Yannick Nézet-Séguin – I’ve heard him conduct the Philadelphia Orchestra twice this season (Verdi Requiem, Stravinsky Rite of Spring). Phenomenal! And such a generous leader/conductor.

Dawn Upshaw. I wrote my Dickinson and Yeats songs with her voice and artistry in mind.

I heard Anthony McGill perform the Copland concerto last year – big fan. Gorgeous tone, soulful playing.

Thomas Quasthoff and Justus Zeyen – left every one of their recitals without tears in my eyes.

Gil Shaham – incredibly beautiful player. Never an impersonal note.

James Levine conducting the MET orchestra = perfection.

Radiohead – one of the most energetic and exciting group of performers I’ve seen/heard.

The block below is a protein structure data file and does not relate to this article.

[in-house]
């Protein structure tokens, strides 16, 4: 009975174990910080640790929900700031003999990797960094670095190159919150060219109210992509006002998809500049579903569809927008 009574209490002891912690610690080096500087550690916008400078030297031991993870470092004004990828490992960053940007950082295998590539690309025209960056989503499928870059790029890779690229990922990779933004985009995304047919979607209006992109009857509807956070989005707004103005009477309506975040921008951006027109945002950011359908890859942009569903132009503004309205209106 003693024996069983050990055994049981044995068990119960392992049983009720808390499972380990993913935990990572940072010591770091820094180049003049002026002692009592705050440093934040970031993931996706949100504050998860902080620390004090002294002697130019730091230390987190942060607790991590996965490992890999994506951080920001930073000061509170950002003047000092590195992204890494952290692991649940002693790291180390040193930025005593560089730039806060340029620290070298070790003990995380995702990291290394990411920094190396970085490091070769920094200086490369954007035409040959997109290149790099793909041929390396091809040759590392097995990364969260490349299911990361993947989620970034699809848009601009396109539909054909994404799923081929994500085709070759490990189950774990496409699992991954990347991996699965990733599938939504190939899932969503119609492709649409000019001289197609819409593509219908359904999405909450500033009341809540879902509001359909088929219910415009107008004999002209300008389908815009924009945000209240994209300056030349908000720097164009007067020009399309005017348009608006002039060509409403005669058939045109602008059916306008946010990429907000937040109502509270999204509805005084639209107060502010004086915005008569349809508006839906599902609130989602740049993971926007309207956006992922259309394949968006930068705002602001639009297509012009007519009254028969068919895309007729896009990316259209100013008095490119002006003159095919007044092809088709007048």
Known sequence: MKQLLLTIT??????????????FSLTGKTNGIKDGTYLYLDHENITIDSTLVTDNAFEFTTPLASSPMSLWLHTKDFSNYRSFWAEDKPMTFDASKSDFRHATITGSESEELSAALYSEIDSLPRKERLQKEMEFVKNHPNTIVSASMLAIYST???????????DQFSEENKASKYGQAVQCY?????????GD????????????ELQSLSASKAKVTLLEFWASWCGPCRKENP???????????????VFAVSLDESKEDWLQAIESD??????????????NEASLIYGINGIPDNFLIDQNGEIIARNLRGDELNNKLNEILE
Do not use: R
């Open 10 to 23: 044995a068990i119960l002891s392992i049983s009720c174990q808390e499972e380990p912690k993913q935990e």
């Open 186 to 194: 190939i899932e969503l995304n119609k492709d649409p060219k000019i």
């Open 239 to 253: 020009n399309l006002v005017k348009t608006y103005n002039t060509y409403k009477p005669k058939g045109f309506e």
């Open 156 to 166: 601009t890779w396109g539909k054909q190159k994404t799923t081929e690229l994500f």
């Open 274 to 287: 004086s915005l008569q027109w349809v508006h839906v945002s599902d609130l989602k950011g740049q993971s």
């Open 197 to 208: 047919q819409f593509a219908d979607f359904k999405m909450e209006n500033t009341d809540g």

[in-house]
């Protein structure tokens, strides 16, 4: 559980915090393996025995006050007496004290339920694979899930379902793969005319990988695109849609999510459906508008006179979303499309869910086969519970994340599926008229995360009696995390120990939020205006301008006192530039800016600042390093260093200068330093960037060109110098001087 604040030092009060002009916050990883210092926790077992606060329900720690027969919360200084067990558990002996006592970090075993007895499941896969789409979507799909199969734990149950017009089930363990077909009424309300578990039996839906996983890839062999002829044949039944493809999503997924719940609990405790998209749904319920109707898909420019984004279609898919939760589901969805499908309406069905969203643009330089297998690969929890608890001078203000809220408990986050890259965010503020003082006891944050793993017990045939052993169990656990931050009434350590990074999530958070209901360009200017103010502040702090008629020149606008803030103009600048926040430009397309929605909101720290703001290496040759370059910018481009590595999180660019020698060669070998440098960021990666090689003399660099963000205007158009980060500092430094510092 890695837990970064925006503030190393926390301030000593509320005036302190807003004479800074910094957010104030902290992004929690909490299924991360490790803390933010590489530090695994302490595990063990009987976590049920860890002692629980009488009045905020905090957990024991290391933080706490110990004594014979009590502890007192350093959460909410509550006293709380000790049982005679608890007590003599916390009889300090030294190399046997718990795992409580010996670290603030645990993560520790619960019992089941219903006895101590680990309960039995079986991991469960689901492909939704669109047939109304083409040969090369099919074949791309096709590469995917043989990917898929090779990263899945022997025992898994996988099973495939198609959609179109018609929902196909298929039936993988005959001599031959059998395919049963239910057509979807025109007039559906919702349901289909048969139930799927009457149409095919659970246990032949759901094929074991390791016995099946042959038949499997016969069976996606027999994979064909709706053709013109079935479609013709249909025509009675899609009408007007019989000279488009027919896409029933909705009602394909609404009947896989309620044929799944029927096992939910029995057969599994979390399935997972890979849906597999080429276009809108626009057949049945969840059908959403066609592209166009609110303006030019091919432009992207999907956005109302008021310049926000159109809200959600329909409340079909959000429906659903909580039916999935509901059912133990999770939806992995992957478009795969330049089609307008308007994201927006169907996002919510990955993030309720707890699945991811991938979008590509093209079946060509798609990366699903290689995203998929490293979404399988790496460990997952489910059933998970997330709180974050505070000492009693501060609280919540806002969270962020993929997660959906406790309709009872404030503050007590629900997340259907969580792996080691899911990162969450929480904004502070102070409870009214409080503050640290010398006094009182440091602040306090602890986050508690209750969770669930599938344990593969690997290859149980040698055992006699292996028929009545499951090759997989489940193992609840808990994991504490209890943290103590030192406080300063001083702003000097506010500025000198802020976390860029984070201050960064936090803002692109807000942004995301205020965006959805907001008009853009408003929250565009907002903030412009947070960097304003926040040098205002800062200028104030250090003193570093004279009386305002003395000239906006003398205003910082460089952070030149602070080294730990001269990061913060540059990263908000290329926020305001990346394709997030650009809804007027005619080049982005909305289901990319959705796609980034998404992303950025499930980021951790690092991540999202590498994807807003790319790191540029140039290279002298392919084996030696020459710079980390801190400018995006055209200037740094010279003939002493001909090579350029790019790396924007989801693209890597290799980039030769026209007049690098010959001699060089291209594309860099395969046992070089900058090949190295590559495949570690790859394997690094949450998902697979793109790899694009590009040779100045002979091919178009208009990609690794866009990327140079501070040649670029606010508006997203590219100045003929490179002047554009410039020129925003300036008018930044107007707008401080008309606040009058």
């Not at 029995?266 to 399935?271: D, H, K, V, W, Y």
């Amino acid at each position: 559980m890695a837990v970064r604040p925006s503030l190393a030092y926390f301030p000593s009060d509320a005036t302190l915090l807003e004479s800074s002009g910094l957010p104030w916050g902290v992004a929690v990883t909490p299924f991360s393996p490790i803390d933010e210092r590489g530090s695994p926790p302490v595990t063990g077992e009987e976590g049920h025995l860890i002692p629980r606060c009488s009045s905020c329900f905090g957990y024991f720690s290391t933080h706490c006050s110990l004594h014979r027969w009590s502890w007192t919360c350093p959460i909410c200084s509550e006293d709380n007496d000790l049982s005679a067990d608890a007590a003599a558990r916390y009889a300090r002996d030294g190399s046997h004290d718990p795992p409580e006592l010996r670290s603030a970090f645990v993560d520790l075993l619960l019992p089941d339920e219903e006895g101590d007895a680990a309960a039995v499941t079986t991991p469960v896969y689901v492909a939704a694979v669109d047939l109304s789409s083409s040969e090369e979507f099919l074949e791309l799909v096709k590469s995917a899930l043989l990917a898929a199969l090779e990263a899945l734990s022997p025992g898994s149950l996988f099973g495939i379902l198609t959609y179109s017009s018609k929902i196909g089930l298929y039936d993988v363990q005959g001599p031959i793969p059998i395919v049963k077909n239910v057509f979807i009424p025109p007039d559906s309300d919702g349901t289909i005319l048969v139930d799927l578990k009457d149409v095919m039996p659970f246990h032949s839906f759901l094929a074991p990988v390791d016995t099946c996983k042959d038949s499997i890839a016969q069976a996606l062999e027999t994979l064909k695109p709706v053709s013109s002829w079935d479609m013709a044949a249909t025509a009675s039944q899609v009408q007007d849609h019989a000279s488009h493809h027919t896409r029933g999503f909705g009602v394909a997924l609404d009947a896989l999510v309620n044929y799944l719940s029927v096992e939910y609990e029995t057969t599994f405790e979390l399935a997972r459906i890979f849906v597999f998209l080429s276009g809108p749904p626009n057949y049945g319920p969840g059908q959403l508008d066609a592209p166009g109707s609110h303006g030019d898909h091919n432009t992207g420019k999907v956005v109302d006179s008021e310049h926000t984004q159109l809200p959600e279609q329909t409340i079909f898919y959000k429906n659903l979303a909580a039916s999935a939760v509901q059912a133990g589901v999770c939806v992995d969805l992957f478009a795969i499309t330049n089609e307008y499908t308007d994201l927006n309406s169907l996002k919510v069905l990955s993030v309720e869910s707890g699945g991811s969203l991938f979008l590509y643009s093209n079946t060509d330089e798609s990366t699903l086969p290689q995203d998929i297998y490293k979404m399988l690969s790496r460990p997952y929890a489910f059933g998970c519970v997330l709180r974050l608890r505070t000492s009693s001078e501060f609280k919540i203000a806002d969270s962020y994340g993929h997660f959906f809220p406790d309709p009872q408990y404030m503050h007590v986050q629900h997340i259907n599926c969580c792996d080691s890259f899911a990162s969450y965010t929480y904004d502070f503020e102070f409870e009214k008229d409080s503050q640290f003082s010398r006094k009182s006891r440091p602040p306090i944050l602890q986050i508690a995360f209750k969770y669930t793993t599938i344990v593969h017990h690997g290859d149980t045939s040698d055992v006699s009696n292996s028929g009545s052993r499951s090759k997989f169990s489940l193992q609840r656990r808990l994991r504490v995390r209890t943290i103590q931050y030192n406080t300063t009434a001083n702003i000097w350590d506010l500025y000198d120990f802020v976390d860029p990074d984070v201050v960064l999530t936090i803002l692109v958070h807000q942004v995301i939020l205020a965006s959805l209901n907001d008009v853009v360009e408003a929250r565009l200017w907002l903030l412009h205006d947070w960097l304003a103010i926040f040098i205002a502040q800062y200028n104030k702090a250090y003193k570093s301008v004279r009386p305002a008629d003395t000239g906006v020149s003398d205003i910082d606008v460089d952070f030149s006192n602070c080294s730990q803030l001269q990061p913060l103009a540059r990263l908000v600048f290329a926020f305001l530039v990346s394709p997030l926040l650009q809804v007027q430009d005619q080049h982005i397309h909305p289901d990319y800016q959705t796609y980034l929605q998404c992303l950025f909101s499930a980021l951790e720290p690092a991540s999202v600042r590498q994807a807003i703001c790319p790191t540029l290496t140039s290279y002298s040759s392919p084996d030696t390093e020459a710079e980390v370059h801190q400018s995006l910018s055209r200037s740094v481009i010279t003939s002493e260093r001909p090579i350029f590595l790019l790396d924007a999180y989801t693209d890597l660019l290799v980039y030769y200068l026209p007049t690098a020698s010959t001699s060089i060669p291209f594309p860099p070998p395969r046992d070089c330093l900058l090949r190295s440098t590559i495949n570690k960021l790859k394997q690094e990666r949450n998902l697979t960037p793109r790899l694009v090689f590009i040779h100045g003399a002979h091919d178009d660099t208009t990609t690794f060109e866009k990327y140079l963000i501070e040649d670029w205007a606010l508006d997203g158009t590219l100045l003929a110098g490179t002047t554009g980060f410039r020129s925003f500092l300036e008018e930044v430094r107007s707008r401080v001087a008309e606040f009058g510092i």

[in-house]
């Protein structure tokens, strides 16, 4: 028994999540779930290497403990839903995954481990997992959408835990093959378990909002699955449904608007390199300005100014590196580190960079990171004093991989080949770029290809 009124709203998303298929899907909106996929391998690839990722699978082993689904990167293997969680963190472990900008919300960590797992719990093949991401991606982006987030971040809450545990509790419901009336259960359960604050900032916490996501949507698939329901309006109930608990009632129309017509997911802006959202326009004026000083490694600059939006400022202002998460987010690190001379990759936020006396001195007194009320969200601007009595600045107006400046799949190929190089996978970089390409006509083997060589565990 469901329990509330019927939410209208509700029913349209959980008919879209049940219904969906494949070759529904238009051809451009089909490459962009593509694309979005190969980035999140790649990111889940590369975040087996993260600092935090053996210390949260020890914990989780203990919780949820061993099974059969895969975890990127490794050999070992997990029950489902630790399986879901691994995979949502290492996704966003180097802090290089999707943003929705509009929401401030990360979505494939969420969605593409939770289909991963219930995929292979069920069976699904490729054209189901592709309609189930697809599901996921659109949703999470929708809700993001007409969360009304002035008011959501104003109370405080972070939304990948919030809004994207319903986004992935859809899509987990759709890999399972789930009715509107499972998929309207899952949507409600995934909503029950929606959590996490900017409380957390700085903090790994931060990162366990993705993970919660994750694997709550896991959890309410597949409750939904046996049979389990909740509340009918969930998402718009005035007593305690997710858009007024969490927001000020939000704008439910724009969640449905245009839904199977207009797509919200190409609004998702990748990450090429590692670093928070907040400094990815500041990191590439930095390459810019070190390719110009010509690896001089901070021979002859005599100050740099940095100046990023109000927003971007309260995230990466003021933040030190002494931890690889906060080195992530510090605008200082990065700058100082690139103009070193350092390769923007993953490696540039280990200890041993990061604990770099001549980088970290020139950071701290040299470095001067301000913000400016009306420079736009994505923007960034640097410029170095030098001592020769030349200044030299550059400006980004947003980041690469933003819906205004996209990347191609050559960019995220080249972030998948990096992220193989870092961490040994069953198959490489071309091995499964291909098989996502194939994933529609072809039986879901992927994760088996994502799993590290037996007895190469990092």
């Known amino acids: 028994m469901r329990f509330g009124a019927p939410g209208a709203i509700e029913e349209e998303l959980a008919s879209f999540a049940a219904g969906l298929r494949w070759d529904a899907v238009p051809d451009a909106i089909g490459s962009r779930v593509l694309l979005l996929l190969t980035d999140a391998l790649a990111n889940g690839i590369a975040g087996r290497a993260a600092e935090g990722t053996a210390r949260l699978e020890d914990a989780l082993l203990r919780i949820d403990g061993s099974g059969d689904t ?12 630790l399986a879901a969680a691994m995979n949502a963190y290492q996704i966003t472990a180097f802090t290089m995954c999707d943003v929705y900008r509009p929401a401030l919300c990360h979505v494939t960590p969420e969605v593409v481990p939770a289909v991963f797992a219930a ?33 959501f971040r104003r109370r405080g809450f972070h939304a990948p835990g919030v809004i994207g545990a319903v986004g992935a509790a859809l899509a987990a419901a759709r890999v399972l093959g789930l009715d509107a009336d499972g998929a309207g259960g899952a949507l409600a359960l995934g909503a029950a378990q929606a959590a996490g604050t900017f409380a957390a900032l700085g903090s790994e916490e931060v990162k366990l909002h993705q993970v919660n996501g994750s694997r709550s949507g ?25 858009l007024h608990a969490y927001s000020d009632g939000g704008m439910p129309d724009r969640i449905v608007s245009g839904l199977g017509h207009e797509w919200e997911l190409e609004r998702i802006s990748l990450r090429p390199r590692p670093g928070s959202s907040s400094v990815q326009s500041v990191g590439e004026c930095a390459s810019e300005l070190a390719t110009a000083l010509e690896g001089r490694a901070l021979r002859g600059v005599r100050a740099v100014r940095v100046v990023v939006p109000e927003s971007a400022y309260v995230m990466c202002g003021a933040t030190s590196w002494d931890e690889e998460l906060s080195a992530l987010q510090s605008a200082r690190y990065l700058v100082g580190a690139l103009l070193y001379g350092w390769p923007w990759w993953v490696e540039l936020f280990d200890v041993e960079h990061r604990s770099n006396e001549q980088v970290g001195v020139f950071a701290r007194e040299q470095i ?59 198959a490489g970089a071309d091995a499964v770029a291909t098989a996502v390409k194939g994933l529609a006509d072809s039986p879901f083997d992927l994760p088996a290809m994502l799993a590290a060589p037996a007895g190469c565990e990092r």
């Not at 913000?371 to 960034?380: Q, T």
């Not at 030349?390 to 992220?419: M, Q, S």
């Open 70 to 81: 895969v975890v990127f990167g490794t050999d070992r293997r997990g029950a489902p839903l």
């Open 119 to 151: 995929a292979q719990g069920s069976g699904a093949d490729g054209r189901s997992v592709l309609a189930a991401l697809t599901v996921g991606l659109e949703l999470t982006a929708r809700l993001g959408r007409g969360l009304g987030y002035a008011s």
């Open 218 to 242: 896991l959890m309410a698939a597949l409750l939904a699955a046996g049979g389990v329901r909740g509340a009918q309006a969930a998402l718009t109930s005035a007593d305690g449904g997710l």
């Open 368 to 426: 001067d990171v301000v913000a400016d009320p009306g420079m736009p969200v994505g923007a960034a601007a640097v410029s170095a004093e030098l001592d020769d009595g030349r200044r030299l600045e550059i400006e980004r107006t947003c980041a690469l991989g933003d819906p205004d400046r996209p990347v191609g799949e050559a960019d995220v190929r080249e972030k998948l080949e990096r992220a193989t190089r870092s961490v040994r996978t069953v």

Alisa Weilerstein, Chris Potter, Byron Janis, Maxim Vengerov, Larry Grenadier… so many. I’m very lucky to live in New York where I get to hear all of these extraordinary musicians.

What is your most memorable concert experience? 

My first Weill Hall solo concert in 2007 was incredibly special. Entering the stage door at Carnegie Hall was surreal (Rachmaninoff walked in this way!), and I giddily assumed that my concert was as momentous for the security guard and the stage manager as it was for me. (They graciously indulged my newbie delusion.) I premiered my Dickinson and Yeats songs with mezzo-soprano Adriana Zabala, and played solo pieces by Ginastera, Scriabin, Bach, and Rachmaninoff. Kind of a big night.

What do you consider to be the most important ideas and concepts to impart to aspiring musicians? 

Beware of people offering unsolicited advice!